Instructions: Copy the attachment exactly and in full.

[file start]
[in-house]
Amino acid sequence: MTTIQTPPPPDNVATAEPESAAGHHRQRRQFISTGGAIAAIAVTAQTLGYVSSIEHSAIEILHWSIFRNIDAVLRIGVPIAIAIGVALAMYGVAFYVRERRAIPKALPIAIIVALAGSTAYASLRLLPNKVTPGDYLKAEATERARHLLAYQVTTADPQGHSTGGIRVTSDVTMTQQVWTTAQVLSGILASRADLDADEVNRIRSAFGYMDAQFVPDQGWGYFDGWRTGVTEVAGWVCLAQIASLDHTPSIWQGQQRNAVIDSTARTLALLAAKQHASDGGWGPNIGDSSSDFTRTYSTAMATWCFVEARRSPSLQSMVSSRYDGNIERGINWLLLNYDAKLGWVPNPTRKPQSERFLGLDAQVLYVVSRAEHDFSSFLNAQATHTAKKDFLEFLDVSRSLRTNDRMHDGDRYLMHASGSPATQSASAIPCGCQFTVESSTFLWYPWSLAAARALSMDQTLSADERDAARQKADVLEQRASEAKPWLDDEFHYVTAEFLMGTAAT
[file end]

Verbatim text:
[in-house]
Amino acid sequence: MTTIQTPPPPDNVATAEPESAAGHHRQRRQFISTGGAIAAIAVTAQTLGYVSSIEHSAIEILHWSIFRNIDAVLRIGVPIAIAIGVALAMYGVAFYVRERRAIPKALPIAIIVALAGSTAYASLRLLPNKVTPGDYLKAEATERARHLLAYQVTTADPQGHSTGGIRVTSDVTMTQQVWTTAQVLSGILASRADLDADEVNRIRSAFGYMDAQFVPDQGWGYFDGWRTGVTEVAGWVCLAQIASLDHTPSIWQGQQRNAVIDSTARTLALLAAKQHASDGGWGPNIGDSSSDFTRTYSTAMATWCFVEARRSPSLQSMVSSRYDGNIERGINWLLLNYDAKLGWVPNPTRKPQSERFLGLDAQVLYVVSRAEHDFSSFLNAQATHTAKKDFLEFLDVSRSLRTNDRMHDGDRYLMHASGSPATQSASAIPCGCQFTVESSTFLWYPWSLAAARALSMDQTLSADERDAARQKADVLEQRASEAKPWLDDEFHYVTAEFLMGTAAT